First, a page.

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Technical rebuilding an early 30's chevy cab frame

Discussion in 'The Hokey Ass Message Board' started by Jarred Hodges, Aug 28, 2015.

  1. Jarred Hodges
    Joined: Jul 30, 2008
    Posts: 564

    Jarred Hodges

    On my newly acquired 33 chevy truck the sheet metal is solid but the wood framework is rough in a lot of places. I am planning to replace the wood with boxed tubing. I am sure guys on here have done the same and am looking for any tips or pics before I start. I am thinking of buying a couple sticks of 1x1 or 1x2 tubing to reframe the cab. Any advice is appreciated
  2. treb11
    Joined: Jan 21, 2006
    Posts: 3,663


    Don't just rip out the wood willy-nilly. Carefully remove and use the pieces for patterns for the tube. even if it breaks, glue / wire wrap/ duct tape / tack it together to maintain the needed dimensions and reference points. Or, use tracing paper / cardboard to trace the outline as a pattern. A piece or pattern can be used to replicate both sides if one is missing / too far gone. The replacement tubing need not follow the exact contour, just provide the needed reinforcement at the required locations.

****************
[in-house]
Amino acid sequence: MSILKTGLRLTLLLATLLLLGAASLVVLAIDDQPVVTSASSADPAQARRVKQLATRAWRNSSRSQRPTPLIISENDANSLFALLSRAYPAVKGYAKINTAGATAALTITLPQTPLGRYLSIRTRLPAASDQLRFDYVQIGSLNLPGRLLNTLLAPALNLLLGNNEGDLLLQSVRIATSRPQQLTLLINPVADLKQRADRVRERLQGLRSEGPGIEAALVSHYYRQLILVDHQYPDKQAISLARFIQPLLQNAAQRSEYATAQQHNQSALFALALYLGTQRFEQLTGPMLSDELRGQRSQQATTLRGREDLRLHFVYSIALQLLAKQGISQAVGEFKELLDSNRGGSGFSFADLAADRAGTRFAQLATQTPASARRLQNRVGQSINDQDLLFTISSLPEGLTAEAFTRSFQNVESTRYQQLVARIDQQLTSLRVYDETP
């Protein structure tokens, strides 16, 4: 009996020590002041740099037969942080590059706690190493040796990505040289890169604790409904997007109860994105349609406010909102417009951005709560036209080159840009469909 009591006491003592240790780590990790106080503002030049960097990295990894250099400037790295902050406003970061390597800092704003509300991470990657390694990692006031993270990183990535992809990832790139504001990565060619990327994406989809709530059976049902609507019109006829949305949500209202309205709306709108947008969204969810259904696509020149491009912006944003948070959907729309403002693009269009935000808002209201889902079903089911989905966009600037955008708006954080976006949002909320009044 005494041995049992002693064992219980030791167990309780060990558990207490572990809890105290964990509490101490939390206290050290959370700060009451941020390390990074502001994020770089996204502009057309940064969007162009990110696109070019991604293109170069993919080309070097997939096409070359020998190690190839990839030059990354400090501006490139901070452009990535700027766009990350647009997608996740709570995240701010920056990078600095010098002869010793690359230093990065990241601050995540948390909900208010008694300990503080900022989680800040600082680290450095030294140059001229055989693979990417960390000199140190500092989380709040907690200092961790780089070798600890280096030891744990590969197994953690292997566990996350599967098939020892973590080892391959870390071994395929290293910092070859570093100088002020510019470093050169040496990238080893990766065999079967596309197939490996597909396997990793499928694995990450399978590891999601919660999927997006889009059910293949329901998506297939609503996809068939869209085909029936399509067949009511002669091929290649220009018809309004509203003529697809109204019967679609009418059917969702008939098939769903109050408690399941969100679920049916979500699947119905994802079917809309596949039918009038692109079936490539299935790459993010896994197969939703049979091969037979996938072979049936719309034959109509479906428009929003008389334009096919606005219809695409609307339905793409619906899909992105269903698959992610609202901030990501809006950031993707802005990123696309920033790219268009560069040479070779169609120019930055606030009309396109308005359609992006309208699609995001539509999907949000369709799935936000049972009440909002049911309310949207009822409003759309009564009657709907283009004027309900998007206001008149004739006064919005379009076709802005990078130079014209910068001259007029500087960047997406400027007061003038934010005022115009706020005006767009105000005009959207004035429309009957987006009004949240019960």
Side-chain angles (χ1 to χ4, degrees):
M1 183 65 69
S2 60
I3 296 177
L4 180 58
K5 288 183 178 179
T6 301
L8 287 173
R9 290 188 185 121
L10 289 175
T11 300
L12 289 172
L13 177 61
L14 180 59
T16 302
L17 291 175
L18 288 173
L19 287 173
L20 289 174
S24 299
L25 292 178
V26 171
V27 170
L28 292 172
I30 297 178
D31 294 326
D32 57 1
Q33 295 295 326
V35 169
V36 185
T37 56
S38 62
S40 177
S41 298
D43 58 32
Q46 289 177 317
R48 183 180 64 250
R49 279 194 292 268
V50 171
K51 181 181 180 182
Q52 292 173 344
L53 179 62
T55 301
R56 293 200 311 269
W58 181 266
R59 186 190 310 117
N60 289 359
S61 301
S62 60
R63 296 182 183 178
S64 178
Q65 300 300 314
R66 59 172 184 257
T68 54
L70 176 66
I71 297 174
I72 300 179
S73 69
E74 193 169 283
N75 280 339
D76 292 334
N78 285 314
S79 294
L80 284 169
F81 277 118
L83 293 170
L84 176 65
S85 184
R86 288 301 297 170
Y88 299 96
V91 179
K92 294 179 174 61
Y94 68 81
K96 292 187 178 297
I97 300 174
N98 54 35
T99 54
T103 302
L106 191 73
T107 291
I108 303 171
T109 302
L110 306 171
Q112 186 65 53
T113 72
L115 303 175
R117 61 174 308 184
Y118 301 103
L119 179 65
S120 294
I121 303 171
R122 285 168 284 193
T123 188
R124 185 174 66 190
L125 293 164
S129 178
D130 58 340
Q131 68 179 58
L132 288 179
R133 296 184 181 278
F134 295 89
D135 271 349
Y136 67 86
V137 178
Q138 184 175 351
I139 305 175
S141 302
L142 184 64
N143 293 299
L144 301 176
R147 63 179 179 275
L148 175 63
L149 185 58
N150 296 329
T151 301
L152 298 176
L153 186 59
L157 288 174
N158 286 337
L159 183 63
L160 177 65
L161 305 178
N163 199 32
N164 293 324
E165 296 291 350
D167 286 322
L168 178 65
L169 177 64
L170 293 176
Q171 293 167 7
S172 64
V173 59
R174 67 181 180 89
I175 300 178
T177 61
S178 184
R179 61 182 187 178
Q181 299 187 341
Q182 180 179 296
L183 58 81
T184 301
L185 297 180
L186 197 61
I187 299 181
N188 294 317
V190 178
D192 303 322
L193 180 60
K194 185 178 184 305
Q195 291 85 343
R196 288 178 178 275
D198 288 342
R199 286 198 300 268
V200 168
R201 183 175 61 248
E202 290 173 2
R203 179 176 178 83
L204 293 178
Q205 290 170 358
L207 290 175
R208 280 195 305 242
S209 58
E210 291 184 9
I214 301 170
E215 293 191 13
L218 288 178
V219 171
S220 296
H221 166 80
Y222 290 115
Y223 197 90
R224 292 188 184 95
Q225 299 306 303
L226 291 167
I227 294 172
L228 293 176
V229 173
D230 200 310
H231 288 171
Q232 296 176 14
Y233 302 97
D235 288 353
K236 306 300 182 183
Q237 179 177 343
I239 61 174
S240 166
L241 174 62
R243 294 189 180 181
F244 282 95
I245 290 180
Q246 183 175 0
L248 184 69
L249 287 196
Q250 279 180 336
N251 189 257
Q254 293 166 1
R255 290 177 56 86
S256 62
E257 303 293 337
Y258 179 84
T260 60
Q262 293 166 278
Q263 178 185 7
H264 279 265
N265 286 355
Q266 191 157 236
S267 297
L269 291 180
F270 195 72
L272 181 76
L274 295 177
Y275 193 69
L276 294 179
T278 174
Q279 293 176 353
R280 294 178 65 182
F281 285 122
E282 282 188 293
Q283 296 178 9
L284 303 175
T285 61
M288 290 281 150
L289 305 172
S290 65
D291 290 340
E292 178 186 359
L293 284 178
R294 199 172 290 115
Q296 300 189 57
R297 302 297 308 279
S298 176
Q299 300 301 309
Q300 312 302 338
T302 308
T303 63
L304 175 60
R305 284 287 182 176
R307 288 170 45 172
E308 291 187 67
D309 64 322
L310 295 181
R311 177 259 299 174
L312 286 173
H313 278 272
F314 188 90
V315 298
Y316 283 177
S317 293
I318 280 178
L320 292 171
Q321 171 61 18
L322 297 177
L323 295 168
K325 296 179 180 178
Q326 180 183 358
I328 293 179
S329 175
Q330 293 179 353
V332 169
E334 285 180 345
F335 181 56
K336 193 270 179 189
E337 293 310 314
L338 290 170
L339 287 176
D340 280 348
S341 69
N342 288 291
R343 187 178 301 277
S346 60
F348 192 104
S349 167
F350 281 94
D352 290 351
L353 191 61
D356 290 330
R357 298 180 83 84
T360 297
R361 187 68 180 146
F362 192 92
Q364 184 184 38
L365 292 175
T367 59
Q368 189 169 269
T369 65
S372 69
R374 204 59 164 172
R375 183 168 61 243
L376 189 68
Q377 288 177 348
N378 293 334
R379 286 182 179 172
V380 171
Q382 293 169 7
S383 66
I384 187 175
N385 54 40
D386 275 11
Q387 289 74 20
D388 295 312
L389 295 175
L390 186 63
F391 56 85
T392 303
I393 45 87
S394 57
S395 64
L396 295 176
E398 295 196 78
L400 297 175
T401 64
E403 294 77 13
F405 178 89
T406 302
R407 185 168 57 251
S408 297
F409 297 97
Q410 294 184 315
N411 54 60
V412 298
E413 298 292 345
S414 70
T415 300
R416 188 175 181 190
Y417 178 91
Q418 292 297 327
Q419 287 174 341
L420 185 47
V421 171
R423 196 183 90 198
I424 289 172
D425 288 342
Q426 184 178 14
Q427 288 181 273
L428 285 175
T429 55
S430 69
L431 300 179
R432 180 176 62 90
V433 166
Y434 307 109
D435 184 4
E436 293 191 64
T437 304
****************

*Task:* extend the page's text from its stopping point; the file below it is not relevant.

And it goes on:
3. F&J
    Joined: Apr 5, 2007
    Posts: 13,222


    measure how thick the main sills are, they might be 1.5". Get the right thickness tubing for that first.

    look at the main wood pieces to get the best size tube for what it needs, it will save time.

    door posts get tricky with recessed hinge pockets that it has, doors too.

    truck is easier than car, so get started :eek:
  4. Jarred Hodges
    Joined: Jul 30, 2008
    Posts: 564

    Jarred Hodges

    what was the plan. I want to use the wood as a pattern and replace it with steel piece by piece. The main concern I have now is getting the doors to shut properly since they don't right now.

  5. 29moonshine
    Joined: Dec 30, 2006
    Posts: 1,314


    i used a piece if 1/4" plate to make the door jams . just trace the wood pattern on to the plate i drilled and taped the plate to bolt the hinges and strikers . then put the jam covers over the plate. the rest i used 14 gauge 1x1 and 1x2
  6. Gofannon
    Joined: Feb 8, 2007
    Posts: 626


    I did this on a '36 Chevy truck. One thing to watch for, when I made the front pillars I took the pattern off the wood and transferred onto a suitable box section. However, I had trouble getting it to fit and then discovered it needed to twist slightly. Study every piece carefully. By the way, this isn't a "real" '36 cab. I fabricated everything from the cowl back so there are lots of differences.
    [​IMG][​IMG] [​IMG]
    tb33anda3rd likes this.

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